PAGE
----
The hot button issue in the tech last year was intellectual property. The House and Senate had bills in place with the goal of protecting IP holders could have very destabilized the internet industry. The key to understand copyright and IP is understanding both sides think, historical context and current landscape of the media industry.
As a primer, I suggest reading The Master Switch by Tim Wu. It will give you a basic understanding of how the industry operates. I have previous post on the Cycle and the Master Switch as well that provides some light.
Historical Context: The media industry gets paid when you engage with its content in the form of various fees and advertisements. For example the big media companies earn about $16/month per cable subscriber. That is a lot of money. That is per subscriber where their channels are carried. Cable networks started as a way to have lots of niche content and do however the consumer is forced to generally spend a lot of money and buy a big package of channels, most of which they never watch. Each channel gets a carriage fee regardless if you watch. Advertisements and on demand are bonus revenue. The internet is the opposite, you make money from narrow subscriptions and ads based on eyeballs or viewership. These are polar opposite approaches. Old media is about distribution and getting paid based on distribution. The internet is about getting paid based on results.
The net impact is that over time, quality on the web becomes evident and the highest quality will get paid but anything in low and mid quality will not pay. Media companies make money based on consistency not quality so there is a fundamental divide in goals. The perfect setting for a fight.
SOPA/PIPA high level discussion: The simplest version of this fight is that media companies in the form of SOPA wanted the ability to be able to take AN ENTIRE site down if they SUSPECT there is copyrighted content without permission. What that means is a media company could say someone shared an illegal link on facebook and take facebook down. The internet companies want freedom of expression and want to make sure they can’t be shut down anytime a big media company sneezes and that there is proper legal process.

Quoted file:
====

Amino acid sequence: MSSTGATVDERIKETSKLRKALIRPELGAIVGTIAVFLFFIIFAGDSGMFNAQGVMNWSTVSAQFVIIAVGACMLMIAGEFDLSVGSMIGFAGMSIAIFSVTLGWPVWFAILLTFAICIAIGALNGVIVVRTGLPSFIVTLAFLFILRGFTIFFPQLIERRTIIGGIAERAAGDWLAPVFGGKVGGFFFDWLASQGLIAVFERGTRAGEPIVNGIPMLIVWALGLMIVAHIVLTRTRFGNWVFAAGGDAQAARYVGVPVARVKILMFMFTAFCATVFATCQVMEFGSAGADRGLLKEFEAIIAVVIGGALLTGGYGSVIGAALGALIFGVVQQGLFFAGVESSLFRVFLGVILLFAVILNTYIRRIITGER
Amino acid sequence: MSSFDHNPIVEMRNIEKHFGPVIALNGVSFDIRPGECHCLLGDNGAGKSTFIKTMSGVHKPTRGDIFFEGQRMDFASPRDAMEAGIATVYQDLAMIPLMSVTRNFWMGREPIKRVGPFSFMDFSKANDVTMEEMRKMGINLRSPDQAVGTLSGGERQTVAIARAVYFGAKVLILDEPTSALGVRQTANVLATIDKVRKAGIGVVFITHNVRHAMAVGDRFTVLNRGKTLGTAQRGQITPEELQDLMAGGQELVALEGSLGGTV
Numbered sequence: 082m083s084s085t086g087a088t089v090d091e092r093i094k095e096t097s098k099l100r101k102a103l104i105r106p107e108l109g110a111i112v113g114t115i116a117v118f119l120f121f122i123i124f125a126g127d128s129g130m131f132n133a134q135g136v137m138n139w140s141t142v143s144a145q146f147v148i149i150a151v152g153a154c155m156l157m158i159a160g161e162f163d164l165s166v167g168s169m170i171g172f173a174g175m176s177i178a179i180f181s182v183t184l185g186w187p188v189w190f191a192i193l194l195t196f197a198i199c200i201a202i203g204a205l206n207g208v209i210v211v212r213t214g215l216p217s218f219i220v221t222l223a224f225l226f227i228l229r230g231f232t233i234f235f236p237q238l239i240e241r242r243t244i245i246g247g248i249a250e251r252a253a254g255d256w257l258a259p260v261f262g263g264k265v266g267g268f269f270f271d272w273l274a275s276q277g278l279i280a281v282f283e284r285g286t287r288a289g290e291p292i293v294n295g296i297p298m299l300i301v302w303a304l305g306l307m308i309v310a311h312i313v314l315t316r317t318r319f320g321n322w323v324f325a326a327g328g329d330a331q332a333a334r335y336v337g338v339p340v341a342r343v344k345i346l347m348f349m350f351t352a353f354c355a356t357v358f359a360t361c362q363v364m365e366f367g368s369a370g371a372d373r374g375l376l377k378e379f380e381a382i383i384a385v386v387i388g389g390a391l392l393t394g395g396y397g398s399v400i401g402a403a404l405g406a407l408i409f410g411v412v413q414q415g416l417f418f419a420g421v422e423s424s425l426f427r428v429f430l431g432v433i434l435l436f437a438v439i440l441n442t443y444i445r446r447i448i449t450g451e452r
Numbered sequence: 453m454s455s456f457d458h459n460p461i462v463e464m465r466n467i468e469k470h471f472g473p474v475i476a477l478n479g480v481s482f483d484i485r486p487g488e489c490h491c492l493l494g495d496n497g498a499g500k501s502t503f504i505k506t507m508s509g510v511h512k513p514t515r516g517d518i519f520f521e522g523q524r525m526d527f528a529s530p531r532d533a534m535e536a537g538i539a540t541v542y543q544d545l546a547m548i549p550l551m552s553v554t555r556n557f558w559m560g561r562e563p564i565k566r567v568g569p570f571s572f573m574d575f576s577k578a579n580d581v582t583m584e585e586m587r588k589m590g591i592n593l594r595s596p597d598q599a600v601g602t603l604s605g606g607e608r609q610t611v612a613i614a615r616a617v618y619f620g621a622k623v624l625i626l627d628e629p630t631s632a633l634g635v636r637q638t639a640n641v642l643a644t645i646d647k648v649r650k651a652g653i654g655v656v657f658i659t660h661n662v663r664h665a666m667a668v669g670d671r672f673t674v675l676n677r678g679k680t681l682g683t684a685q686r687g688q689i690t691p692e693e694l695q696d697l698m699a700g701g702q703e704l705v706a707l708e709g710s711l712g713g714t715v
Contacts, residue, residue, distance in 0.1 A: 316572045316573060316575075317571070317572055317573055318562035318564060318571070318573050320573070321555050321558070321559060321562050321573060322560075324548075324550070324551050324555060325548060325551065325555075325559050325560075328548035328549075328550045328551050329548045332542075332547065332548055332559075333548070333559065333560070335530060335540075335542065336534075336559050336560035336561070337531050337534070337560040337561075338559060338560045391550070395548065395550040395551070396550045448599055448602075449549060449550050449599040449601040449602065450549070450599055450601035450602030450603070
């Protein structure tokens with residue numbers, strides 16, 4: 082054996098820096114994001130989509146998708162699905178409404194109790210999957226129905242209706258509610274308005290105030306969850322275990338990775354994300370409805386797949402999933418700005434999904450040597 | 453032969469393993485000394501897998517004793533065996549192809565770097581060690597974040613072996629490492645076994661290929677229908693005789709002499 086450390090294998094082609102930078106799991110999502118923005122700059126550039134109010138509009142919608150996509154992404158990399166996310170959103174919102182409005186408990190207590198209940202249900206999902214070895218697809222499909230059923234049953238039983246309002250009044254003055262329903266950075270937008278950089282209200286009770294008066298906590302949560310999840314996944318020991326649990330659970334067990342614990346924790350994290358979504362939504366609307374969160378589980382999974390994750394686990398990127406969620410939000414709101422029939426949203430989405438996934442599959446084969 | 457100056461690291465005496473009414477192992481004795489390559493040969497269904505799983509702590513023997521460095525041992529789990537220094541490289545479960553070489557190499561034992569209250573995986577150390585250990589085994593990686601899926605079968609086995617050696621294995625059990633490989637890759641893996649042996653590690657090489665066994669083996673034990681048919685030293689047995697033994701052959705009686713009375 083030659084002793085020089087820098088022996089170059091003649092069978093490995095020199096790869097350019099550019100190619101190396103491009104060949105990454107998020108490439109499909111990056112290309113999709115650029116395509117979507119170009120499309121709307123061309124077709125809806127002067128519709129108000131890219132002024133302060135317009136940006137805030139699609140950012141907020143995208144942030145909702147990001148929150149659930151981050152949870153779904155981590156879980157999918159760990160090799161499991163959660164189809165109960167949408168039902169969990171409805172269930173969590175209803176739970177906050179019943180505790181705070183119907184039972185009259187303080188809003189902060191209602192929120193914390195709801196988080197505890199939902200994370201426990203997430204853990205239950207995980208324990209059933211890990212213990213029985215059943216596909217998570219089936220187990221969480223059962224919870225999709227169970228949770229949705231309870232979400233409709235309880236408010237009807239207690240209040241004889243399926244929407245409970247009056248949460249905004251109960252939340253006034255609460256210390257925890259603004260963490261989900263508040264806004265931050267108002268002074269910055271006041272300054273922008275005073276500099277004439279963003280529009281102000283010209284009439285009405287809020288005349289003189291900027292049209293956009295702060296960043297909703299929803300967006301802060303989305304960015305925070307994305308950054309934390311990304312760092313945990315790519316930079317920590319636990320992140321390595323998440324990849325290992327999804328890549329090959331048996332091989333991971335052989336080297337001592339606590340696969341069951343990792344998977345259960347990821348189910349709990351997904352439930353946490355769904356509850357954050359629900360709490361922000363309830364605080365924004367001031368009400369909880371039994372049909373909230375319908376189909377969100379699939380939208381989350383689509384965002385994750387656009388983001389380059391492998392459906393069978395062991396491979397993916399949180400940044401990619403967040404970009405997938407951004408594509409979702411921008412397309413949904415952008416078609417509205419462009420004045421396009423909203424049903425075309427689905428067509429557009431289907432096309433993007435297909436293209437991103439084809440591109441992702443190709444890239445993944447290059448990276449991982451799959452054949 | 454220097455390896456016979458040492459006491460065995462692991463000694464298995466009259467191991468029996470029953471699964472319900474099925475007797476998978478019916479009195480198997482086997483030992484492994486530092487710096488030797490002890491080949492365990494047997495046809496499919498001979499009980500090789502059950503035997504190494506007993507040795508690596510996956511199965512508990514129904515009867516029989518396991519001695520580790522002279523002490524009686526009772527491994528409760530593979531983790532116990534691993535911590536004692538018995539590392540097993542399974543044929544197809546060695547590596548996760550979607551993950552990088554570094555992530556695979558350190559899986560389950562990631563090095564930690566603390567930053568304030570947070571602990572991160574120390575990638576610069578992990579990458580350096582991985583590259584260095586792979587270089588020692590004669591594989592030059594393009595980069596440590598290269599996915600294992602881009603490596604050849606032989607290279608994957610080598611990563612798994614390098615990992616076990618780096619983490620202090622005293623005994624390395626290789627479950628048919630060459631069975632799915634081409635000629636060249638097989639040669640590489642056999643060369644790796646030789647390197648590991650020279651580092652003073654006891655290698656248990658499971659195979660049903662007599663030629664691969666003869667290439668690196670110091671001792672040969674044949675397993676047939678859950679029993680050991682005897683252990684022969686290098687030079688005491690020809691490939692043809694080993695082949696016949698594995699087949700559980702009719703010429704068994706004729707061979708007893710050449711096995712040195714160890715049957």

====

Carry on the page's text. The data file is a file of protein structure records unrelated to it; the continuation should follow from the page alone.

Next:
Currently, if there is a copyright issue, the rights holder reaches out to the site that hosts the offending material and then it gets pulled down and everyone wins. This is what happens on youtube today.
Why did this become a congressional issue? Well, there are filing sharing sites and networks that are hosted offshore and exist for no other reason than stealing and distributing pirated content. This clearly is an issue and clearly is illegal. Sites like MegaUpload and networks like Bit Torrent (and Napster, Kazaa, Morpheus, Limelight before them) exist to distribute illegal content for the most part.
The media industry apparently was using these sites which are clearly problematic as a reason to attack the internet with a nuke. Should SOPA have passed, the likely evolution of events would be that all social media sites would be dead, all non conforming sites would be dead, there would no longer be comments on the web and all that would exist would be media industry approved sites with premium content. Freedom of expression would be dead. It would be hilarious. The internet would go dark, no venture money would be invested and media would rule the world once again. Either that or we would become China and need to use proxy servers to access once legal and now illegal sites such as Wikipedia, facebook, twitter etc… It would just be ridiculous.
I’m not actually sure what’s wrong with most sites today as when media asks youtube to pull down content, they do and it works. Vevo launched to power music video on youtube and life goes on. However what do you do about blatantly illegal sites that will not pull down content? It’s a fair question:
Some middle of the line suggestions:
- International treaties. Wherever the content is hosted should pull down the sites within their borders like any other issue of illegal trade.
- Ban on advertising on sites deemed to have no other purpose than distribution of stolen goods (I wouldn’t define it as content but as stolen goods) and once a site is defined by a court as having stolen goods as their purpose then advertisers and payment processors can be sued for supporting them. Choke the revenue. Most of the revenue comes from US advertisers and if its US payment processors if the people in the US that would need to process transactions you can easily censure them.
- Sites that have a purpose other distribution of stolen goods yet don’t listen to takedown requests within a reasonable time, should be open to go after their advertisers as well. However there needs to be a VERY HIGH standard as it needs to not be able to go after a communication network like facebook or twitter which can’t control all of their content. Otherwise it would be like taking down the phone company for terrorists using their lines. It just doesn’t work.
Overall it’s a tricky issue and one that should be for free speech and expression yet protect investment in copyright. Working together it is one that is solvable with a solution that works for all.